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Trustees ponder future of in-town transportation in Pembina Hills

In-town transportation is currently being subsidized by over $50K annually
Pembina Hills Schoolbus
In the 2019-2020 school year, a total of 200 students in Barrhead, Westlock and Swan Hills utilized in-town transportation. (Ridership is down this year due to a drop in enrolment related to COVID-19.) Pembina Hills trustees are debating whether to potentially raise fees or combine/cancel routes in order to recover the full cost of in-town transportation.

Pembina Hills School Division trustees held a discussion about the future of in-town transportation during their Feb. 24 meeting after learning that the school division is subsidizing the service by more than $50,000 each year. 

Trustees were presented with a cost analysis of the current in-town transportation fees that was completed to determine if the fees could be adjusted to cover the full cost of the service. 

In-town transportation refers to busing provided within the communities of Barrhead, Westlock and Swan Hills. Alberta Education does not provide any funding to transport students who live within 2.4 kilometres of their designated school. 

The cost analysis is based on a total ridership of 200 students, including 77 students riding two Barrhead routes, 92 students riding two Westlock routes and 31 students on the Swan Hills route.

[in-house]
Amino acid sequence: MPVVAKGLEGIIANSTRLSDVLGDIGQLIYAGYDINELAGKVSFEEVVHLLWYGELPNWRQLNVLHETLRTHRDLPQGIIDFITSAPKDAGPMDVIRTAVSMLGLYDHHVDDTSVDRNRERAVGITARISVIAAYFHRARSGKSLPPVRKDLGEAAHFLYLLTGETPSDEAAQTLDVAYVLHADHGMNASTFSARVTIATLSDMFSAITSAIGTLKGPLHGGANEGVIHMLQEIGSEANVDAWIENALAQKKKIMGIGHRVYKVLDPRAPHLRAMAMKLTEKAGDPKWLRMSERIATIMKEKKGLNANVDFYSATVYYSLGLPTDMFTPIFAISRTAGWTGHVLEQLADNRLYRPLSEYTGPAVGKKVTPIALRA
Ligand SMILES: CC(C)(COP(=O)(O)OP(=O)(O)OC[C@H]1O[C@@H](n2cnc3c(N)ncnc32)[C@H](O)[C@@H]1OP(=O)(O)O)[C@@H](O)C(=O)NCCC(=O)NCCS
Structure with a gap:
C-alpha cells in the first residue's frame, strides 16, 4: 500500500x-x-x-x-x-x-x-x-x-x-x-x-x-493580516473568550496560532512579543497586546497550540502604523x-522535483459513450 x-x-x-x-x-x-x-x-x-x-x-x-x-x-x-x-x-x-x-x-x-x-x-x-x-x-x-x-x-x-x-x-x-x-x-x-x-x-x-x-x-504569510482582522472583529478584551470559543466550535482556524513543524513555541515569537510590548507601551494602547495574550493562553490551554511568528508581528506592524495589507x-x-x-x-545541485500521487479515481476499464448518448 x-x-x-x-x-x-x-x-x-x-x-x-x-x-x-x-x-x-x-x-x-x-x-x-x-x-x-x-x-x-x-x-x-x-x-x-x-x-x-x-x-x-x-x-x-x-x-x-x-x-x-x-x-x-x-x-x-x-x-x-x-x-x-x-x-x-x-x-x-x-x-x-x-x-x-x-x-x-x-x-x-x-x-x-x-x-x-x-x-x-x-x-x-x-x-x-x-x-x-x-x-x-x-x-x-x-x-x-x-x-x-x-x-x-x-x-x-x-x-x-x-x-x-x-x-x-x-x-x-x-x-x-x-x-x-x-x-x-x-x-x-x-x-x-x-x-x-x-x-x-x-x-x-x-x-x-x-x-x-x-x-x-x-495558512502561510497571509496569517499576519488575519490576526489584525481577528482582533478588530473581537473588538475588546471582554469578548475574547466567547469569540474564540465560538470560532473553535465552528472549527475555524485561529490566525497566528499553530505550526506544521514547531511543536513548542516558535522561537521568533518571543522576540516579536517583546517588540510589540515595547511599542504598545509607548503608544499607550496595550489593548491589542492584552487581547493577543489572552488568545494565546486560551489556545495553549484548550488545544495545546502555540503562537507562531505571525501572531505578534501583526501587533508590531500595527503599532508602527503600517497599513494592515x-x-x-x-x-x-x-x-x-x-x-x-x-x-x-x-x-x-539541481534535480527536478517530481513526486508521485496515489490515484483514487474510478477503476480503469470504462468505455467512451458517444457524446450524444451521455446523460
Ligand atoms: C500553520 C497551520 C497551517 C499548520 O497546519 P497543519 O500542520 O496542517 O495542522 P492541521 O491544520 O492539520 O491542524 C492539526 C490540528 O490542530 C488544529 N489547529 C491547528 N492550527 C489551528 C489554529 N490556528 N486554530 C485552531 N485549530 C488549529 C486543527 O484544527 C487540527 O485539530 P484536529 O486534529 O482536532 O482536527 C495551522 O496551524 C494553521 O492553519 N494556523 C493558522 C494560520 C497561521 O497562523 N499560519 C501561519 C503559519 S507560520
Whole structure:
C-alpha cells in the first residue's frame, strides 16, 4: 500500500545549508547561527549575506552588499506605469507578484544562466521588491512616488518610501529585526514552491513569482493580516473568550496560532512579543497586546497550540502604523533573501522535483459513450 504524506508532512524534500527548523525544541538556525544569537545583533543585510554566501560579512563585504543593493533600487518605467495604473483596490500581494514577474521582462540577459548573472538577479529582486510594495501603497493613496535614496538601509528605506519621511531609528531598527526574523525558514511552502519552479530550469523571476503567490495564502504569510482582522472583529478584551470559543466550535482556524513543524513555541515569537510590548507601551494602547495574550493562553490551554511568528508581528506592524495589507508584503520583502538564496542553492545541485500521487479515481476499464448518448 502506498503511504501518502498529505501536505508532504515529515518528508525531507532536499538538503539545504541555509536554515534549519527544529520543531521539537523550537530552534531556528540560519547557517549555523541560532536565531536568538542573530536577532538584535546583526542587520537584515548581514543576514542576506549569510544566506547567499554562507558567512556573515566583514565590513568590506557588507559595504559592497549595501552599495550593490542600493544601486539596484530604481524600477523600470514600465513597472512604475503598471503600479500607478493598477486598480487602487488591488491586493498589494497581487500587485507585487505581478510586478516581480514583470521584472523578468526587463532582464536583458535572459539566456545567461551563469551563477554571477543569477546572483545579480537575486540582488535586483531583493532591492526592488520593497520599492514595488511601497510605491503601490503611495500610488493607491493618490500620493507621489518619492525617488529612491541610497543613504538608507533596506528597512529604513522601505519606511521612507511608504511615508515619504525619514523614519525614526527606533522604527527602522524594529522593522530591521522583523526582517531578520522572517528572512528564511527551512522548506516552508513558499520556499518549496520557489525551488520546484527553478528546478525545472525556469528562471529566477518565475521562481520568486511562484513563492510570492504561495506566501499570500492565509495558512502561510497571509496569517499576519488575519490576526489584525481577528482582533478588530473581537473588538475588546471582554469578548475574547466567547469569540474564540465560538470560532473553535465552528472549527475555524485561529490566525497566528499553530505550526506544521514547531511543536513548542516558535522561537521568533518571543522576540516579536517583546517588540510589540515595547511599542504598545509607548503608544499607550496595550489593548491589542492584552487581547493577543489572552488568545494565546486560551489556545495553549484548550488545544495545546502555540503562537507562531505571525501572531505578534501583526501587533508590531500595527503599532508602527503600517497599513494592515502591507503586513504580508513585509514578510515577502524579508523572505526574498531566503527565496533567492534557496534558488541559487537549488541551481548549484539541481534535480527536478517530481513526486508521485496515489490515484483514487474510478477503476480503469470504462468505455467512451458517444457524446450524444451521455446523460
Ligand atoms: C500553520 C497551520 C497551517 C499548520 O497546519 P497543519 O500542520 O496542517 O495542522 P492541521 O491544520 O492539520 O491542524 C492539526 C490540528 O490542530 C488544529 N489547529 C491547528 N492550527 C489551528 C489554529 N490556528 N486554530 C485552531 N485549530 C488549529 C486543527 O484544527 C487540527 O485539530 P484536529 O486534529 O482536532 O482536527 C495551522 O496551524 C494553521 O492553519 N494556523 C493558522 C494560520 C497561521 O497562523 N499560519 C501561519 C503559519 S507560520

Based on data from the 2019-2020 school year, Pembina Hills is subsidizing the cost of in-town transportation to the tune of $53,187 per year. 

Notably, this was to the surprise of several trustees who believed in-town transportation fees were sufficient to cover the costs of service. 

“To see that we weren’t actually doing cost recovery is a concern and I think it does need to be addressed,” said board chair Jennifer Tuininga. 

It should be noted that rural transportation fees are also charged to parents if their child is bused to a "school of choice” (i.e. a non-designated school). Alternate site fees are also charged to parents who request more than one pick-up or drop-off location. 

Supt. David Garbutt was asked to give administration’s perspective on this issue. He indicated their stance would be to charge a fee that would fully subsidize the cost of the service.  

“(In-town transportation) is an important service for those folks that wish it, but it does come at a cost,” said Garbutt.  

“The reality is right now you’re taking funds from our pool of money to run our division, and you’re subsidizing busing in town for parents and students out of that pocket of money and we receive none from the government.” 

Garbutt added that if the trustees wanted to continue subsidizing this service, then they needed to come up with a rationale for doing so. 

Trustee Judy Lefebvre asked director of transportation Shantelle Haitel if increasing the fees would potentially impact the number of riders, to which Haitel could not provide a definitive answer. 

“If it’s a service that somebody needs, I think they’ll pay it no matter what. And if it’s a service that is of convenience, you might lose a few people that way,” she added.